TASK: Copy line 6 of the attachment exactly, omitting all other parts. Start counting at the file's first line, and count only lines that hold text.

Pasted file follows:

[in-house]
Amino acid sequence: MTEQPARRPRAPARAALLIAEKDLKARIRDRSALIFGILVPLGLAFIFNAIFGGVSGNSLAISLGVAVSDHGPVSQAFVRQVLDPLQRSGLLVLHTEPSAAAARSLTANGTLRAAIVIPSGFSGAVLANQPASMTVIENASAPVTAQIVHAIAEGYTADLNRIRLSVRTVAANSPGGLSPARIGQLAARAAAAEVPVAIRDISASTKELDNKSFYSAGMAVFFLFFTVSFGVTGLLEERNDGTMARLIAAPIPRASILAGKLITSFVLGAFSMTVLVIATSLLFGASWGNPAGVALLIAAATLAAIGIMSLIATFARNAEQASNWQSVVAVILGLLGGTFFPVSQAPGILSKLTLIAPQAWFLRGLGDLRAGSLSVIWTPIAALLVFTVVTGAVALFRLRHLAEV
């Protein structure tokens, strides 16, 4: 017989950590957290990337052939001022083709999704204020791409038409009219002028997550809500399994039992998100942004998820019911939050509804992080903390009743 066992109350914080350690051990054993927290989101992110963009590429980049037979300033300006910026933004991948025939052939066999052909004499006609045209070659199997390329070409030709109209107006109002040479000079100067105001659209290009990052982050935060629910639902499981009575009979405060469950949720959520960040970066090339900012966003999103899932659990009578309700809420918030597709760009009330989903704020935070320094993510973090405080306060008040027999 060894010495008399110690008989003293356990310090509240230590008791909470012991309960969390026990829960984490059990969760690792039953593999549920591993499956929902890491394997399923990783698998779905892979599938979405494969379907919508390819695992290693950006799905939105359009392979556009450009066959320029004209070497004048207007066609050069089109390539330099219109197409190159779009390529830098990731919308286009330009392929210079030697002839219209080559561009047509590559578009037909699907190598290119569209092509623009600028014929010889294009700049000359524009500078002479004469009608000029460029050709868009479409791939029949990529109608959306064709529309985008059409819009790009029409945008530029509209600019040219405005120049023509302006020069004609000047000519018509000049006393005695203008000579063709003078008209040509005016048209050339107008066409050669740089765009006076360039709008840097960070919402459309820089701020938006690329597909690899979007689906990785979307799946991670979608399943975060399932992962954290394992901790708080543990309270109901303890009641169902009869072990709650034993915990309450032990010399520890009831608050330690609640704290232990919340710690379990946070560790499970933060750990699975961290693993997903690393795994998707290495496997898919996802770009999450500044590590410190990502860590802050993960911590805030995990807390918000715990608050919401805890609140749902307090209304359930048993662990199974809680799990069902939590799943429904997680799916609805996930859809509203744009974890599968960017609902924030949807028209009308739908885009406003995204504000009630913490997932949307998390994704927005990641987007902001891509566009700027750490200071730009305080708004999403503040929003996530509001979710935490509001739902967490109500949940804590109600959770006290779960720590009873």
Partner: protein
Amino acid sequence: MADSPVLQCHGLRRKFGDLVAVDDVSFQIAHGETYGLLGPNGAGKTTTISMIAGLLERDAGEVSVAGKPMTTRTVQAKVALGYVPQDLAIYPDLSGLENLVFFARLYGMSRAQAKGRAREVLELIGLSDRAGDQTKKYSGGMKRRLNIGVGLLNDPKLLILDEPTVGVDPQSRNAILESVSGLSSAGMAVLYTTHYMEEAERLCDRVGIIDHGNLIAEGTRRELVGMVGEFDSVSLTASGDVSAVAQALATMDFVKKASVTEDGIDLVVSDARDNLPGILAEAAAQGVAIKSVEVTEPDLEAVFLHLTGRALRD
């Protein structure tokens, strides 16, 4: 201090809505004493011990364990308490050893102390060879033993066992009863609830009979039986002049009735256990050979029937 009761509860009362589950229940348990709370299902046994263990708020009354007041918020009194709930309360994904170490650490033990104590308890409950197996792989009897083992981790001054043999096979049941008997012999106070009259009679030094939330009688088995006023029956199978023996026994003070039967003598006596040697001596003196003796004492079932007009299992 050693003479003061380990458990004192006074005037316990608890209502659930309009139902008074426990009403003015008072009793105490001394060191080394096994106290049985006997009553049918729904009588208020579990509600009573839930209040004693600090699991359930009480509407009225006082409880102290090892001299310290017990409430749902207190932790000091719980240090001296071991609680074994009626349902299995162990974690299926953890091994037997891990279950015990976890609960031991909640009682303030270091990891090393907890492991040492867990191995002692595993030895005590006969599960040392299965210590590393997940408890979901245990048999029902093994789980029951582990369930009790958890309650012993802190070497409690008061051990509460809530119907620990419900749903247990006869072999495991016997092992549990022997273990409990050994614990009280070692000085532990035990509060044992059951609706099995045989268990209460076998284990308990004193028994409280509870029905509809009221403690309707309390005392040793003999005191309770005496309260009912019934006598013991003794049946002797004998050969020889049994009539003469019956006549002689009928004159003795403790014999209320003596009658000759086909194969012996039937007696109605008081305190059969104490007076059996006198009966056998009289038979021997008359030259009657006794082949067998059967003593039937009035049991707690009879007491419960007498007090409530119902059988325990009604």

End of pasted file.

């Protein structure tokens, strides 16, 4: 201090809505004493011990364990308490050893102390060879033993066992009863609830009979039986002049009735256990050979029937 009761509860009362589950229940348990709370299902046994263990708020009354007041918020009194709930309360994904170490650490033990104590308890409950197996792989009897083992981790001054043999096979049941008997012999106070009259009679030094939330009688088995006023029956199978023996026994003070039967003598006596040697001596003196003796004492079932007009299992 050693003479003061380990458990004192006074005037316990608890209502659930309009139902008074426990009403003015008072009793105490001394060191080394096994106290049985006997009553049918729904009588208020579990509600009573839930209040004693600090699991359930009480509407009225006082409880102290090892001299310290017990409430749902207190932790000091719980240090001296071991609680074994009626349902299995162990974690299926953890091994037997891990279950015990976890609960031991909640009682303030270091990891090393907890492991040492867990191995002692595993030895005590006969599960040392299965210590590393997940408890979901245990048999029902093994789980029951582990369930009790958890309650012993802190070497409690008061051990509460809530119907620990419900749903247990006869072999495991016997092992549990022997273990409990050994614990009280070692000085532990035990509060044992059951609706099995045989268990209460076998284990308990004193028994409280509870029905509809009221403690309707309390005392040793003999005191309770005496309260009912019934006598013991003794049946002797004998050969020889049994009539003469019956006549002689009928004159003795403790014999209320003596009658000759086909194969012996039937007696109605008081305190059969104490007076059996006198009966056998009289038979021997008359030259009657006794082949067998059967003593039937009035049991707690009879007491419960007498007090409530119902059988325990009604």